Treatment for Cervical Radiculopathy Video

Treatment for Cervical Radiculopathy Video

Cervical radiculopathy occurs when a nerve root in the neck is irritated by compression or inflammation. Symptoms of cervical radiculopathy can radiate along that nerve's pathway into the arm or hand. The goal of treatment is to take the pressure off of the nerve root so the pain and inflammation do not return. Learn about the different treatment options for cervical radiculopathy in this informative video

Video presented by Grant Cooper, MD

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Video Transcript

Treating cervical radiculopathy begins with a good understanding of the anatomy that's underlying the radiculopathy so you can focus your efforts appropriately. Essentially, treating a cervical radiculopathy is like treating most other musculoskeletal ailments, which is that we need to reduce the inflammation - in this case around the nerve root - and then we need to address the biomechanics, so we can take the pressure off of that nerve root so that it doesn't come back.

Often, treating cervical radiculopathy starts with physical therapy - stretching, strengthening, postural exercises - getting the biomechanics right to help take the pressure off the spine so the nerve basically has a chance to heal itself. Along the way, oral medications can be very helpful to help alleviate the symptoms and allow people to participate in the physical therapy. In addition, within physical therapy there are many passive modalities, such as gentle spinal manipulation, traction, ultrasound, electrical stimulation, soft tissue massage - different modalities that help to control the symptoms and also, ideally, to help take away some of the inflammation from around the nerve roots.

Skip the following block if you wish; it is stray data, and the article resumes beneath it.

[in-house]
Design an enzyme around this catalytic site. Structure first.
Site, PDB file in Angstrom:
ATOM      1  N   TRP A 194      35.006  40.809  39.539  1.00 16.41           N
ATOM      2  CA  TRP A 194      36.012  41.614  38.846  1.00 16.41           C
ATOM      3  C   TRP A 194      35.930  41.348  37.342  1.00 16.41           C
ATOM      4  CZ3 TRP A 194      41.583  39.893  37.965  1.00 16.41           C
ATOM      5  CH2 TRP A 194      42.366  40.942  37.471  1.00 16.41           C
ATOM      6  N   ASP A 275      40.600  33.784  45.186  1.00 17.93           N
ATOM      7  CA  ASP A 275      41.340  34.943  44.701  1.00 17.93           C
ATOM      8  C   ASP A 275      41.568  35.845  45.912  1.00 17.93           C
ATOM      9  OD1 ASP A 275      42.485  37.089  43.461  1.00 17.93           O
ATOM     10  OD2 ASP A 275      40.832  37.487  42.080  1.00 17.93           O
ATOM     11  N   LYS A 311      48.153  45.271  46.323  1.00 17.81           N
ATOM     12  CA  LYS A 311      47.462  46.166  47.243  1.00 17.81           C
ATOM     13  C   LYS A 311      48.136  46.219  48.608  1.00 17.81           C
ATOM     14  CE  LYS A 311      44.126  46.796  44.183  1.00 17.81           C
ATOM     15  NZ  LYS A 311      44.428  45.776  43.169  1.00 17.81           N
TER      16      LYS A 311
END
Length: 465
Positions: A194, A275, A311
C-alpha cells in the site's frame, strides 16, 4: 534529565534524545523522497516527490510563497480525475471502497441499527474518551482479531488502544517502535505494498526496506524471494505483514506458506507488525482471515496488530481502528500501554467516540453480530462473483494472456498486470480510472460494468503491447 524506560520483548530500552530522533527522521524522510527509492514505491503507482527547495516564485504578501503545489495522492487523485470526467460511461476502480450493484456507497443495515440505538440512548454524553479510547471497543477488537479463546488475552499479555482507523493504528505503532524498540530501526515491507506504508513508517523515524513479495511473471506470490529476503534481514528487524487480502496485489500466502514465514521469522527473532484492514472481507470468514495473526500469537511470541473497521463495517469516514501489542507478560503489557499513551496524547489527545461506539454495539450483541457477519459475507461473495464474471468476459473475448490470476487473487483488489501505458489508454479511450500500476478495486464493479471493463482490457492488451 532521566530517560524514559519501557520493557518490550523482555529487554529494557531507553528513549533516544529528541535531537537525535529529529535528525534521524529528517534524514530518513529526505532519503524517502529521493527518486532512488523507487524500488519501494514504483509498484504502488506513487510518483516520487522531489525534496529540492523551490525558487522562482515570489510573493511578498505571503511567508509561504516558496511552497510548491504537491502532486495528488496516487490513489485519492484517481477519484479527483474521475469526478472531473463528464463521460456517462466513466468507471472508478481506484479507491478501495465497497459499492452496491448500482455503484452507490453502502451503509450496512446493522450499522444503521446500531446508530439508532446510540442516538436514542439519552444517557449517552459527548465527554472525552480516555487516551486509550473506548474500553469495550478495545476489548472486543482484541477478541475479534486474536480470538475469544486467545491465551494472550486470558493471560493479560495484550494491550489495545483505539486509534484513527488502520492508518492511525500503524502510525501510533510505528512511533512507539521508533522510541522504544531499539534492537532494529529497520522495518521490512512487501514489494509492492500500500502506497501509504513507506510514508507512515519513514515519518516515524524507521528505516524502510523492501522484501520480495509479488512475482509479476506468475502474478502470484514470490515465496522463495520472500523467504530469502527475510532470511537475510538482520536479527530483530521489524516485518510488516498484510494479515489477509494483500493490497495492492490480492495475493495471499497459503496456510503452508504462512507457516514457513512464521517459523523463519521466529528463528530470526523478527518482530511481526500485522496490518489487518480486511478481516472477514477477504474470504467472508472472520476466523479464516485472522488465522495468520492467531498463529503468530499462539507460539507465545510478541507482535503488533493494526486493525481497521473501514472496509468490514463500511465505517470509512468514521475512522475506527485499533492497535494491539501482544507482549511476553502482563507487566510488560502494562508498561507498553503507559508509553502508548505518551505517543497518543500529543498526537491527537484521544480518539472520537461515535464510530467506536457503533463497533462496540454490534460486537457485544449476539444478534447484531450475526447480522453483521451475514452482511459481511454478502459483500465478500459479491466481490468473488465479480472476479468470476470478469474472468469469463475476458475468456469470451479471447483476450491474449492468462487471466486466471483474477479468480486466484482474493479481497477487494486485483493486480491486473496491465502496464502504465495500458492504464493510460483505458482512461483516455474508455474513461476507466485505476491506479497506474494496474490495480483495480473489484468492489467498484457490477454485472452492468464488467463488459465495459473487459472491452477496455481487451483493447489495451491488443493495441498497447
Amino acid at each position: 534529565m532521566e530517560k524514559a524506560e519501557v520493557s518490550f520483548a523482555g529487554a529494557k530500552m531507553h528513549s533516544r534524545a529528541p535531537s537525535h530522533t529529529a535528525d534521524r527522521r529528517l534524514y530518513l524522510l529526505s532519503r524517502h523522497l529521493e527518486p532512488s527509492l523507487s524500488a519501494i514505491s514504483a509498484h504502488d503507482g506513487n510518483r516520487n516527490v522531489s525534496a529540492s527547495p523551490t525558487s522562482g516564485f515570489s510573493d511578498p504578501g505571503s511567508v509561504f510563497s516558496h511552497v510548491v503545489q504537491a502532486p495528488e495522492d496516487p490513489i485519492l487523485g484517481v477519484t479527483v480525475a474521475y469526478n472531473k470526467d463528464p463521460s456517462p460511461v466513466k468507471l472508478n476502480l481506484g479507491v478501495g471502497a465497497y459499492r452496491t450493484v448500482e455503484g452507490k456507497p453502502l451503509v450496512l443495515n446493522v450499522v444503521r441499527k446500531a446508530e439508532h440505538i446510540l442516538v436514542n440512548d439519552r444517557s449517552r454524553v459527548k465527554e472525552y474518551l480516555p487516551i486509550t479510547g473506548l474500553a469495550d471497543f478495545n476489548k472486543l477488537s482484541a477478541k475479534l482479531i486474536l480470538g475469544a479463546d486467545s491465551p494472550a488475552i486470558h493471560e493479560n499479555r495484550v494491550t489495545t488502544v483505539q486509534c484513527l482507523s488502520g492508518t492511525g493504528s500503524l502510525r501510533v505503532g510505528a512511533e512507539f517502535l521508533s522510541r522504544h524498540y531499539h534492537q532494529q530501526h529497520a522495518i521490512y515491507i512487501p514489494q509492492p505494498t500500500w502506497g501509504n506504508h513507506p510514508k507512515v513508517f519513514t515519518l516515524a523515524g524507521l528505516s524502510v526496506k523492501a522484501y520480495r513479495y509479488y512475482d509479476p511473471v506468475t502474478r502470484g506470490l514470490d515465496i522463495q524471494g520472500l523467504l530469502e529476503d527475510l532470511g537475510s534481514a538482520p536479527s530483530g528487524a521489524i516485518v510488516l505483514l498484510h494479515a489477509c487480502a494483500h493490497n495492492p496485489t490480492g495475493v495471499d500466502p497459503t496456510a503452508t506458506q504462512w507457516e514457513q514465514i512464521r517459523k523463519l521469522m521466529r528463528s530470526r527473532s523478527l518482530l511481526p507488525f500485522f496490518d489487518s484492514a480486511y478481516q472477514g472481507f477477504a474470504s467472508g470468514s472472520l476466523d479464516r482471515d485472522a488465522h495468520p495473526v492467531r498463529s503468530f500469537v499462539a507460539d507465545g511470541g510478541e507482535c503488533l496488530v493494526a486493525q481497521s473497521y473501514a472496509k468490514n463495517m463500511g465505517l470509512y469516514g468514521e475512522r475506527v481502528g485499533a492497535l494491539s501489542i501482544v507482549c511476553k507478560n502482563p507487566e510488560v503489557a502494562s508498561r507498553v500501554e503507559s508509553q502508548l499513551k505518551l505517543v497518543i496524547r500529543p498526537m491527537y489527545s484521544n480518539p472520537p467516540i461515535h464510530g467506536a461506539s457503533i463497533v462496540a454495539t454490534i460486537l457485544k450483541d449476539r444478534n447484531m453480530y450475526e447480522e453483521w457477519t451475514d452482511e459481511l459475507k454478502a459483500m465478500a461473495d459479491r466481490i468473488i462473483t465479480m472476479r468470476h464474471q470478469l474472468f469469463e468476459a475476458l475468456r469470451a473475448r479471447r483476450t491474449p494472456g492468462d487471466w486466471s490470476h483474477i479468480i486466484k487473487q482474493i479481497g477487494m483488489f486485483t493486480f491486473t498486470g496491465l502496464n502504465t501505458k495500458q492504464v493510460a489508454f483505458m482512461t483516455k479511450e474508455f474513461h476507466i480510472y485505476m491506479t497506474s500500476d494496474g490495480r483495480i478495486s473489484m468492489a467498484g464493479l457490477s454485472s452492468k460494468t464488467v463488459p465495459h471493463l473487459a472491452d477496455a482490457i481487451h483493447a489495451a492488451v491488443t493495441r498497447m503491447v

When the symptoms are persistent despite physical therapy, or if the symptoms are restricting the person's ability to really fully participate in physical therapy, then sometimes an epidural steroid injection can be very helpful to take away the inflammation. Now it's important to remember that an epidural doesn't fix a herniated disc, it doesn't change the arthritis in the spine, nor does it simply mask the pain either. What it does is it reduces the inflammation, essentially it attempts to reset the inflammatory clock back down to zero. If a person can then take advantage of this time where the inflammation is not there and use it more as a window of opportunity during which he or she can stretch, strengthen, really address the mechanics and tweak the mechanics so that in 3 months/6 months/9 months/a year the same stresses aren't going through the spine, so they won't be going through the nerve and, ideally, the pain won't return and you won't have to be sitting back there in several months having to do any more injections.

In those rare cases that symptoms aren't getting better with conservative treatments, there are surgical alternatives. The surgical alternatives really depend on the underlying anatomy in terms of whether you can do a discectomy, a foraminotomy, or a more extensive surgical procedure. It just depends on the underlying anatomy as to what kind of surgical alternatives may be appropriate.